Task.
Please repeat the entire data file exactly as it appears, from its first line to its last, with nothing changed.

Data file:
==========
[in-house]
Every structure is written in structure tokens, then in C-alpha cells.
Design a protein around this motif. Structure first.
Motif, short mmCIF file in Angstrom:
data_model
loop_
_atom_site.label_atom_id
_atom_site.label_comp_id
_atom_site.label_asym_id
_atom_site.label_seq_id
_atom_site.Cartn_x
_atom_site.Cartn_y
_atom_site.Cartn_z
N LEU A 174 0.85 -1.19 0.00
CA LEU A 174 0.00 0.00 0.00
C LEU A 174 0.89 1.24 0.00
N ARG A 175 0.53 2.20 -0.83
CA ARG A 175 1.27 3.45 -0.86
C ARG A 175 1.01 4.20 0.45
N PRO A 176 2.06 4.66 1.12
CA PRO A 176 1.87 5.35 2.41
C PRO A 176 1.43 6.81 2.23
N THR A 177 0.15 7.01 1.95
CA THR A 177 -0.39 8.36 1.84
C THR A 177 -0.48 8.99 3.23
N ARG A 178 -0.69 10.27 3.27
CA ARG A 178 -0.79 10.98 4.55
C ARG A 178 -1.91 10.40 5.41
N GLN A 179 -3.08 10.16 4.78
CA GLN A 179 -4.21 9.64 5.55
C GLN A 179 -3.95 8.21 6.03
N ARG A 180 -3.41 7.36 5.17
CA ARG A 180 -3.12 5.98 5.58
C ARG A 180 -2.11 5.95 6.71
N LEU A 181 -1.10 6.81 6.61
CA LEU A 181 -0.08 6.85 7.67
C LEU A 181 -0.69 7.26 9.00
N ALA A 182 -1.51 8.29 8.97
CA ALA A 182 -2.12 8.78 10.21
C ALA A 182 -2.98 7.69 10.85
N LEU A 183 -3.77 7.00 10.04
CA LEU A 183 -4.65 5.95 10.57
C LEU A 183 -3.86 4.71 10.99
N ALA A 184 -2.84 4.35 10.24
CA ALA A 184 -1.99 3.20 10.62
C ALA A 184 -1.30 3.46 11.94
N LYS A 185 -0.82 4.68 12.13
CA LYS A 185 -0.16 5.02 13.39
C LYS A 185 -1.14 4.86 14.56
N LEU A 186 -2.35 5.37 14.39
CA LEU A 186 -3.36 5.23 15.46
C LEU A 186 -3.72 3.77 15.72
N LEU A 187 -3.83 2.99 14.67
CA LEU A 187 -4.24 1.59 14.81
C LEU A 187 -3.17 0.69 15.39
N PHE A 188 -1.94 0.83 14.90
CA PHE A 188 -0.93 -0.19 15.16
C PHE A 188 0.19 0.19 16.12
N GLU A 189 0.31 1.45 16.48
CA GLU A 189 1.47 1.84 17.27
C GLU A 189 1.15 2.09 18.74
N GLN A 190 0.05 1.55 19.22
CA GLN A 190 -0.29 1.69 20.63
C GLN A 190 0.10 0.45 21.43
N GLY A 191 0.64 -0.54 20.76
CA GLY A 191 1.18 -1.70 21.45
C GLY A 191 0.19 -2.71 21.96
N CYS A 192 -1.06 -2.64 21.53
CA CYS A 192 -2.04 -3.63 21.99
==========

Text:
[in-house]
Every structure is written in structure tokens, then in C-alpha cells.
Design a protein around this motif. Structure first.
Motif, short mmCIF file in Angstrom:
data_model
loop_
_atom_site.label_atom_id
_atom_site.label_comp_id
_atom_site.label_asym_id
_atom_site.label_seq_id
_atom_site.Cartn_x
_atom_site.Cartn_y
_atom_site.Cartn_z
N LEU A 174 0.85 -1.19 0.00
CA LEU A 174 0.00 0.00 0.00
C LEU A 174 0.89 1.24 0.00
N ARG A 175 0.53 2.20 -0.83
CA ARG A 175 1.27 3.45 -0.86
C ARG A 175 1.01 4.20 0.45
N PRO A 176 2.06 4.66 1.12
CA PRO A 176 1.87 5.35 2.41
C PRO A 176 1.43 6.81 2.23
N THR A 177 0.15 7.01 1.95
CA THR A 177 -0.39 8.36 1.84
C THR A 177 -0.48 8.99 3.23
N ARG A 178 -0.69 10.27 3.27
CA ARG A 178 -0.79 10.98 4.55
C ARG A 178 -1.91 10.40 5.41
N GLN A 179 -3.08 10.16 4.78
CA GLN A 179 -4.21 9.64 5.55
C GLN A 179 -3.95 8.21 6.03
N ARG A 180 -3.41 7.36 5.17
CA ARG A 180 -3.12 5.98 5.58
C ARG A 180 -2.11 5.95 6.71
N LEU A 181 -1.10 6.81 6.61
CA LEU A 181 -0.08 6.85 7.67
C LEU A 181 -0.69 7.26 9.00
N ALA A 182 -1.51 8.29 8.97
CA ALA A 182 -2.12 8.78 10.21
C ALA A 182 -2.98 7.69 10.85
N LEU A 183 -3.77 7.00 10.04
CA LEU A 183 -4.65 5.95 10.57
C LEU A 183 -3.86 4.71 10.99
N ALA A 184 -2.84 4.35 10.24
CA ALA A 184 -1.99 3.20 10.62
C ALA A 184 -1.30 3.46 11.94
N LYS A 185 -0.82 4.68 12.13
CA LYS A 185 -0.16 5.02 13.39
C LYS A 185 -1.14 4.86 14.56
N LEU A 186 -2.35 5.37 14.39
CA LEU A 186 -3.36 5.23 15.46
C LEU A 186 -3.72 3.77 15.72
N LEU A 187 -3.83 2.99 14.67
CA LEU A 187 -4.24 1.59 14.81
C LEU A 187 -3.17 0.69 15.39
N PHE A 188 -1.94 0.83 14.90
CA PHE A 188 -0.93 -0.19 15.16
C PHE A 188 0.19 0.19 16.12
N GLU A 189 0.31 1.45 16.48
CA GLU A 189 1.47 1.84 17.27
C GLU A 189 1.15 2.09 18.74
N GLN A 190 0.05 1.55 19.22
CA GLN A 190 -0.29 1.69 20.63
C GLN A 190 0.10 0.45 21.43
N GLY A 191 0.64 -0.54 20.76
CA GLY A 191 1.18 -1.70 21.45
C GLY A 191 0.19 -2.71 21.96
N CYS A 192 -1.06 -2.64 21.53
CA CYS A 192 -2.04 -3.63 21.99